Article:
Natura agrees to buy Avon, creating cosmetics powerhouse
SAO PAULO (Reuters) – Brazil’s Natura SA said on Wednesday it had reached an agreement to buy rival Avon Products Inc via a share swap, creating the world’s fourth-largest beauty company with a redoubled focus on direct sales.
FILE PHOTO: The Avon Products headquarters is seen in midtown Manhattan area of New York, June 21, 2013. REUTERS/Brendan McDermid/File Photo
Under the terms of the deal, Natura will hold 76% of the combined business with over $10 billion in annual revenue, according to a statement from the Brazilian cosmetics firm.
After Natura pushed into high-end retail shops with the acquisitions of Aesop in 2013 and The Body Shop in 2017, the takeover of its biggest rival in direct sales is a renewed bet on the company’s core business of door-to-door distribution.
Brazil is Avon’s biggest market, making up nearly a quarter of sales, but its business there has suffered in recent years due to a weak economy and stiff competition from Natura.
Now the 133-year-old, London-based company has agreed to a takeover offer of 0.3 Natura share for each Avon share, according to a securities filing. That values Avon’s equity at around $2 billion, representing a 28% premium over its closing share price on May 21.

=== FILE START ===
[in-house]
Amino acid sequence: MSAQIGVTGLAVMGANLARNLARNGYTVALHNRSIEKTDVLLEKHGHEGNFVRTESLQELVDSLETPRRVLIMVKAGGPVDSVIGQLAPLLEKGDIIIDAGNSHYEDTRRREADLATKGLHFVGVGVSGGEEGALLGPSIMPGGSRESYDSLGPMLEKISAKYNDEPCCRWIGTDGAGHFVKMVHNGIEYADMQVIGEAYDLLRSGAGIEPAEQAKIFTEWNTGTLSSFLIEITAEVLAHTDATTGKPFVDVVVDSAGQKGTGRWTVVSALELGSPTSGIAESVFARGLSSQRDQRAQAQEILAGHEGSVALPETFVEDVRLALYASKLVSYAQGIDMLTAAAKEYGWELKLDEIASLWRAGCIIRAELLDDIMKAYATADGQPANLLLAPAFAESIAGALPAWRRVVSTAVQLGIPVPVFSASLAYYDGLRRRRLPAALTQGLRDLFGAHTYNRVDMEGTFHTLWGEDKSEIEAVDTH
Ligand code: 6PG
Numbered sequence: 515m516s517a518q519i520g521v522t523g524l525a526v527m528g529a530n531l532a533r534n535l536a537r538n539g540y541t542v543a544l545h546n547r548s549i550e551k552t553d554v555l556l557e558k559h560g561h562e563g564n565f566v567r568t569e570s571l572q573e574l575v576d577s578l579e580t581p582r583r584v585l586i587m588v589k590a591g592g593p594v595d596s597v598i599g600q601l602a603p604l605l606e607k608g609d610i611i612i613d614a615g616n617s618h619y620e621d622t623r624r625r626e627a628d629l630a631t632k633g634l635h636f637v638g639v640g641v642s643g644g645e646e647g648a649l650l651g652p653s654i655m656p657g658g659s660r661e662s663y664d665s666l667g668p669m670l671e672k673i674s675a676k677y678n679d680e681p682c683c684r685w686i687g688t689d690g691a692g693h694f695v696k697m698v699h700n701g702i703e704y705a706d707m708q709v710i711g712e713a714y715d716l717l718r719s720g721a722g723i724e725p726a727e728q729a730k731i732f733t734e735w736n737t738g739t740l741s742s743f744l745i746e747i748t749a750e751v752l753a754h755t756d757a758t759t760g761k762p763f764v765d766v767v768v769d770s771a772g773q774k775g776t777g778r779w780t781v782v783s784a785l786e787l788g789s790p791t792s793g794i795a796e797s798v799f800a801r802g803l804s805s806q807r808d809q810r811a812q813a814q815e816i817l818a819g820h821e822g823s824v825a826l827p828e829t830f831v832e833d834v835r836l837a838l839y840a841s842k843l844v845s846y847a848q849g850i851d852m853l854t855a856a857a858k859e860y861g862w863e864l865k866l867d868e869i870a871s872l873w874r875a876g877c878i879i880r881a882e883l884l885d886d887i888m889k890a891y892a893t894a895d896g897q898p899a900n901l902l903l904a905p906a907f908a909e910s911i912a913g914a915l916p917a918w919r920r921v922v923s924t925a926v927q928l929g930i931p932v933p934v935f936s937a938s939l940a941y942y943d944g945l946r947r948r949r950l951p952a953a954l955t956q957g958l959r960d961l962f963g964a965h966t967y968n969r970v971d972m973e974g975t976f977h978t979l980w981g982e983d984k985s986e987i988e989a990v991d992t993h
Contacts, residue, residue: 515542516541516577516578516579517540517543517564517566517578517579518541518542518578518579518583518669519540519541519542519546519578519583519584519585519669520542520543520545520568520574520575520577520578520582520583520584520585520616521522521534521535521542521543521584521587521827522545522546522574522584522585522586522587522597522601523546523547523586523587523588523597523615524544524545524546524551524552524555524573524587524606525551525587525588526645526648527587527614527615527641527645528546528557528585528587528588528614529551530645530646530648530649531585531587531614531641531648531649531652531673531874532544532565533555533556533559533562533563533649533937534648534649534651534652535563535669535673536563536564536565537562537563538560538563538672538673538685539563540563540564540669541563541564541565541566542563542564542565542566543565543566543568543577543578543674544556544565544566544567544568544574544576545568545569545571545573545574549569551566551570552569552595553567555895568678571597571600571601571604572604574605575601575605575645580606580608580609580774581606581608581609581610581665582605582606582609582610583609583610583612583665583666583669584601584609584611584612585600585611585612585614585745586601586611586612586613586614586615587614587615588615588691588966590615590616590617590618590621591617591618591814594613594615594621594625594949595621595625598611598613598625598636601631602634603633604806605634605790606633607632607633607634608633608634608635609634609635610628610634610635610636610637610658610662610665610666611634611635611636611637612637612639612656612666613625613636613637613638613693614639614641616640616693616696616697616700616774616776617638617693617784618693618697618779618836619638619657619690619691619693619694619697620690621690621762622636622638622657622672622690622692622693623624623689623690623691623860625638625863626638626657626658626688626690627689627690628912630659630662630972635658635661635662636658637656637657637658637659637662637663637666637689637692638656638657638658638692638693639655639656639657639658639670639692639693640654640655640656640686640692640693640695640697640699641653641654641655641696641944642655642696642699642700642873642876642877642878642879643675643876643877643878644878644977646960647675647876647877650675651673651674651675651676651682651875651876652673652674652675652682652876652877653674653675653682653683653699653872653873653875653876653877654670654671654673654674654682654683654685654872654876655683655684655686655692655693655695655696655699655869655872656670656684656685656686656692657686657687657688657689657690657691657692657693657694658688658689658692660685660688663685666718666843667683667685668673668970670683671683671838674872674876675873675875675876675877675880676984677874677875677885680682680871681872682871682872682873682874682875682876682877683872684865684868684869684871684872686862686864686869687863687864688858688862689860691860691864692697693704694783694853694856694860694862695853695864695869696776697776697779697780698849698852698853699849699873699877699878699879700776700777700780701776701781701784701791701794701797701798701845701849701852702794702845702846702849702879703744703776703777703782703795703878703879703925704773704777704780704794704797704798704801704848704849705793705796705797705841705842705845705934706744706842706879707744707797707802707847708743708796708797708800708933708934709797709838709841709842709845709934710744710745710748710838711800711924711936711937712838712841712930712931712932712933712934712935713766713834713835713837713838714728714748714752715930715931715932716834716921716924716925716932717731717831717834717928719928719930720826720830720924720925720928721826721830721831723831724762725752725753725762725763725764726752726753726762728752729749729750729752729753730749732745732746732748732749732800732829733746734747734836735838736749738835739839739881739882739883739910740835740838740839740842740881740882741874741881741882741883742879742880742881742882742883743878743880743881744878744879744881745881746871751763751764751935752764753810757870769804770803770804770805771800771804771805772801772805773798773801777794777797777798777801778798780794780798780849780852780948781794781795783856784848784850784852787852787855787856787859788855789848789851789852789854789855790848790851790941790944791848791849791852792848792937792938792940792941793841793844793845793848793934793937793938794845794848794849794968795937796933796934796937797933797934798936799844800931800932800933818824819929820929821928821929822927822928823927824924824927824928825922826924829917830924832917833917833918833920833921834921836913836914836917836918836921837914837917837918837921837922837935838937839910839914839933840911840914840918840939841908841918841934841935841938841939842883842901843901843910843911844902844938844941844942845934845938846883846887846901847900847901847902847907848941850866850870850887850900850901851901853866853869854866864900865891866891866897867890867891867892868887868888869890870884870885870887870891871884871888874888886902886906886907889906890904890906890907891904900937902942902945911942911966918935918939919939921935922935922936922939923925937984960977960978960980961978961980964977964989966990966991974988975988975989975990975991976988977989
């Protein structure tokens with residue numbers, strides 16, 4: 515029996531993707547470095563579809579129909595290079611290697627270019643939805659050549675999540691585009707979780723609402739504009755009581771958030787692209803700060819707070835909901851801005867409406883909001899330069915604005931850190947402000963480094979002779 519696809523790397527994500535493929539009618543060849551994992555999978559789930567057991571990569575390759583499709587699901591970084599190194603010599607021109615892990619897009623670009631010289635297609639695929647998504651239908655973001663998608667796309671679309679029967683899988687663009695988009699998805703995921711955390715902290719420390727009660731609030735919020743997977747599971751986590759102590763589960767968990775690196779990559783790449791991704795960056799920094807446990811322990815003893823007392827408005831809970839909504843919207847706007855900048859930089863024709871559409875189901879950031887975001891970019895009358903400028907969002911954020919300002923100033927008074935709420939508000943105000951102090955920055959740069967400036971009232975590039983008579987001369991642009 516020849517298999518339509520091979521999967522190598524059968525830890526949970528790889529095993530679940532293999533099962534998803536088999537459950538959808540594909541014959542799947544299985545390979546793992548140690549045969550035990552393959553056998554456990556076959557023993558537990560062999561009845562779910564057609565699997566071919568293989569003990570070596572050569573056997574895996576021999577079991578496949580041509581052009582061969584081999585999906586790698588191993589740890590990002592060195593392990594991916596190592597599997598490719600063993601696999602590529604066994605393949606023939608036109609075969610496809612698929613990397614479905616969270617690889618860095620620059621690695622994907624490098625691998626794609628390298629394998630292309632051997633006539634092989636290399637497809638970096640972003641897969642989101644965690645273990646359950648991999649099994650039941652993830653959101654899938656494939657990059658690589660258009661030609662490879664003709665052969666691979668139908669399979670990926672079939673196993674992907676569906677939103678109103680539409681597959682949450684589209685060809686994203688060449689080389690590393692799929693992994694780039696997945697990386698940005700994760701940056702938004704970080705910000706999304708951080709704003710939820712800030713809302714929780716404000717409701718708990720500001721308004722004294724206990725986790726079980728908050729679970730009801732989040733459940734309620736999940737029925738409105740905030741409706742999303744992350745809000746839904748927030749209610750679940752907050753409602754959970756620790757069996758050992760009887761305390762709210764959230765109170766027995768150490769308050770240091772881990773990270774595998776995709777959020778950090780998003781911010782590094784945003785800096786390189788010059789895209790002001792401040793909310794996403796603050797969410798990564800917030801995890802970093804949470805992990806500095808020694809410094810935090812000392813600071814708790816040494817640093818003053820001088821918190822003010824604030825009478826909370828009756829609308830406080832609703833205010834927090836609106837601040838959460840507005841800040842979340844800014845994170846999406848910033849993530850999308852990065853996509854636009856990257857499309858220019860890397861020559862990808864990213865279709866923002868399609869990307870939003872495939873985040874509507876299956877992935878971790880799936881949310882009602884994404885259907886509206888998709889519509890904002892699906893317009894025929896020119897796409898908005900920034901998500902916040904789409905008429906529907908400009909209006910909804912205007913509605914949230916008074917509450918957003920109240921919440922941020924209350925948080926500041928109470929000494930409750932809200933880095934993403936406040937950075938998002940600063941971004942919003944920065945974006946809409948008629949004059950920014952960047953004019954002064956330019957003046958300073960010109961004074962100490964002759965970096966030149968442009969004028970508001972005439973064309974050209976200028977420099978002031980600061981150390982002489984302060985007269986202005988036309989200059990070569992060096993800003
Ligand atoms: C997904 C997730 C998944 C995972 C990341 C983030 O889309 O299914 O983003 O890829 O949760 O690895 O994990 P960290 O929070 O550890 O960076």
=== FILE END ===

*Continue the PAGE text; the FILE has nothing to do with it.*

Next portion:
Shares in both companies ended over 9% higher on Wednesday as investors cheered the consolidation. Avon shares jumped 9.1% and Natura reversed early losses to end 9.4% up.
Social and economic trends in Brazil have protected the direct sales model for cosmetics, consisting of third-party “consultants” selling mainly to acquaintances, from the threat of online retail.
Natura has a commanding lead in Brazil’s direct sales market, according to research group Euromonitor, which estimates a 31% market share for the company, followed by a nearly 16% share for Avon.
Natura estimated that the deal could yield between $150 million and $250 million of annual cost savings.
Many consultants already offer both Avon and Natura products, which Brasil Plural analyst Andres Estevez said could help to ease the concerns of antitrust officials.
The transaction, which is still subject to approval by Natura and Avon shareholders, as well as regulatory authorities in Brazil and other countries, is expected to be concluded by the beginning of 2020.
If the deal closes by that deadline, Natura said it would pay $530 million to investors holding Series C preferred shares in Avon, adding that it had guaranteed funding from Banco Bradesco SA, Citigroup Inc and Itau Unibanco Holding SA to make the payment.
A source familiar with the negotiated terms told Reuters that investment firm Cerberus Capital Management is the Series C shareholder. In April, Cerberus sold Avon North America, which is private, to LG Household & Health Care for $125 million.
Reuters reported last week that Natura was close to striking a deal to buy Avon.
Additional reporting by Carolina Mandl, Tatiana Bautzer, Paula Laier and Alberto Alerigi; editing by Chizu Nomiyama, Bill Trott, David Gregorio and G Crosse